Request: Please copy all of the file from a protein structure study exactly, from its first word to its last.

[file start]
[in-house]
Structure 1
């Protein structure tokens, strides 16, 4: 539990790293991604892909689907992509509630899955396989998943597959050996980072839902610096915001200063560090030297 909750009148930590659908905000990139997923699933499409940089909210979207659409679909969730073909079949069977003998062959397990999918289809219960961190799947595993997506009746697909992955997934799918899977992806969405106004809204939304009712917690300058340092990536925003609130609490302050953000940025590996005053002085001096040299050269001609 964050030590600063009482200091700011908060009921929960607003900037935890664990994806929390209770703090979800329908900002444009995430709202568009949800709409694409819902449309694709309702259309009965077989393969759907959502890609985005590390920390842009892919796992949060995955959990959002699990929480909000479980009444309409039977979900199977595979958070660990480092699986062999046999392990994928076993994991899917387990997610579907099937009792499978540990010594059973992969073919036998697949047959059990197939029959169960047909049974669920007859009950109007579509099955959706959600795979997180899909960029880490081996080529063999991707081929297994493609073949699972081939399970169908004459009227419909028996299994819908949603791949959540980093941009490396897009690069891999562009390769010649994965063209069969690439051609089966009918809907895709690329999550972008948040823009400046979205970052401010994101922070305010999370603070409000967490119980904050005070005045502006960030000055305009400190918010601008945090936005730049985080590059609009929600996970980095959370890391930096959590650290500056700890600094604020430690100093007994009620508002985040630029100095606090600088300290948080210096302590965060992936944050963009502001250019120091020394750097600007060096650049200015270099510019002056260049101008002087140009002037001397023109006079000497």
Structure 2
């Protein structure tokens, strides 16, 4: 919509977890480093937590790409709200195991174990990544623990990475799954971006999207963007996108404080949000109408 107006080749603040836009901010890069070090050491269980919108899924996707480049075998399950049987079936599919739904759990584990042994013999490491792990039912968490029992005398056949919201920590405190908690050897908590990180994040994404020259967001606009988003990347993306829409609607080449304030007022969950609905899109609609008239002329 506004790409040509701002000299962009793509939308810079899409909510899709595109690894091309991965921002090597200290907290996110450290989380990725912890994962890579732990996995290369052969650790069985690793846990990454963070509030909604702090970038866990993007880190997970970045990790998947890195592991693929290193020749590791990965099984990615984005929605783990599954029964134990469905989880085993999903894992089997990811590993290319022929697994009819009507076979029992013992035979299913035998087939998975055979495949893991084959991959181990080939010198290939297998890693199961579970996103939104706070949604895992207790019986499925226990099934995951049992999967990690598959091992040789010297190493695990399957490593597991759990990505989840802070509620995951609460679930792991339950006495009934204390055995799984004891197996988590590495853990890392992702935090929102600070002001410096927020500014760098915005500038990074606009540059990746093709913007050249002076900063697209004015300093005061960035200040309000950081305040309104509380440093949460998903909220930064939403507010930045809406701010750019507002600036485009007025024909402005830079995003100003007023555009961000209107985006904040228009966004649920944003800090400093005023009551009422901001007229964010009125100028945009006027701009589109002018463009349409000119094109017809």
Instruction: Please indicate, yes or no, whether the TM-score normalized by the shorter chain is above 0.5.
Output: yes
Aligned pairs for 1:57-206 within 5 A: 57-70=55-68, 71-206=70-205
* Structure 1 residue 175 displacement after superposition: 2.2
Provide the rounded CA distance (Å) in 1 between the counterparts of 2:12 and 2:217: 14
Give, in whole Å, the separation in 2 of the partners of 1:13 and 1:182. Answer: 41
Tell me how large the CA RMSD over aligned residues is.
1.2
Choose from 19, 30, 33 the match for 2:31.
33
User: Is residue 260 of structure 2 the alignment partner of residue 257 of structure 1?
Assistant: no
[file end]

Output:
[in-house]
Structure 1
């Protein structure tokens, strides 16, 4: 539990790293991604892909689907992509509630899955396989998943597959050996980072839902610096915001200063560090030297 909750009148930590659908905000990139997923699933499409940089909210979207659409679909969730073909079949069977003998062959397990999918289809219960961190799947595993997506009746697909992955997934799918899977992806969405106004809204939304009712917690300058340092990536925003609130609490302050953000940025590996005053002085001096040299050269001609 964050030590600063009482200091700011908060009921929960607003900037935890664990994806929390209770703090979800329908900002444009995430709202568009949800709409694409819902449309694709309702259309009965077989393969759907959502890609985005590390920390842009892919796992949060995955959990959002699990929480909000479980009444309409039977979900199977595979958070660990480092699986062999046999392990994928076993994991899917387990997610579907099937009792499978540990010594059973992969073919036998697949047959059990197939029959169960047909049974669920007859009950109007579509099955959706959600795979997180899909960029880490081996080529063999991707081929297994493609073949699972081939399970169908004459009227419909028996299994819908949603791949959540980093941009490396897009690069891999562009390769010649994965063209069969690439051609089966009918809907895709690329999550972008948040823009400046979205970052401010994101922070305010999370603070409000967490119980904050005070005045502006960030000055305009400190918010601008945090936005730049985080590059609009929600996970980095959370890391930096959590650290500056700890600094604020430690100093007994009620508002985040630029100095606090600088300290948080210096302590965060992936944050963009502001250019120091020394750097600007060096650049200015270099510019002056260049101008002087140009002037001397023109006079000497």
Structure 2
């Protein structure tokens, strides 16, 4: 919509977890480093937590790409709200195991174990990544623990990475799954971006999207963007996108404080949000109408 107006080749603040836009901010890069070090050491269980919108899924996707480049075998399950049987079936599919739904759990584990042994013999490491792990039912968490029992005398056949919201920590405190908690050897908590990180994040994404020259967001606009988003990347993306829409609607080449304030007022969950609905899109609609008239002329 506004790409040509701002000299962009793509939308810079899409909510899709595109690894091309991965921002090597200290907290996110450290989380990725912890994962890579732990996995290369052969650790069985690793846990990454963070509030909604702090970038866990993007880190997970970045990790998947890195592991693929290193020749590791990965099984990615984005929605783990599954029964134990469905989880085993999903894992089997990811590993290319022929697994009819009507076979029992013992035979299913035998087939998975055979495949893991084959991959181990080939010198290939297998890693199961579970996103939104706070949604895992207790019986499925226990099934995951049992999967990690598959091992040789010297190493695990399957490593597991759990990505989840802070509620995951609460679930792991339950006495009934204390055995799984004891197996988590590495853990890392992702935090929102600070002001410096927020500014760098915005500038990074606009540059990746093709913007050249002076900063697209004015300093005061960035200040309000950081305040309104509380440093949460998903909220930064939403507010930045809406701010750019507002600036485009007025024909402005830079995003100003007023555009961000209107985006904040228009966004649920944003800090400093005023009551009422901001007229964010009125100028945009006027701009589109002018463009349409000119094109017809």
Instruction: Please indicate, yes or no, whether the TM-score normalized by the shorter chain is above 0.5.
Output: yes
Aligned pairs for 1:57-206 within 5 A: 57-70=55-68, 71-206=70-205
* Structure 1 residue 175 displacement after superposition: 2.2
Provide the rounded CA distance (Å) in 1 between the counterparts of 2:12 and 2:217: 14
Give, in whole Å, the separation in 2 of the partners of 1:13 and 1:182. Answer: 41
Tell me how large the CA RMSD over aligned residues is.
1.2
Choose from 19, 30, 33 the match for 2:31.
33
User: Is residue 260 of structure 2 the alignment partner of residue 257 of structure 1?
Assistant: no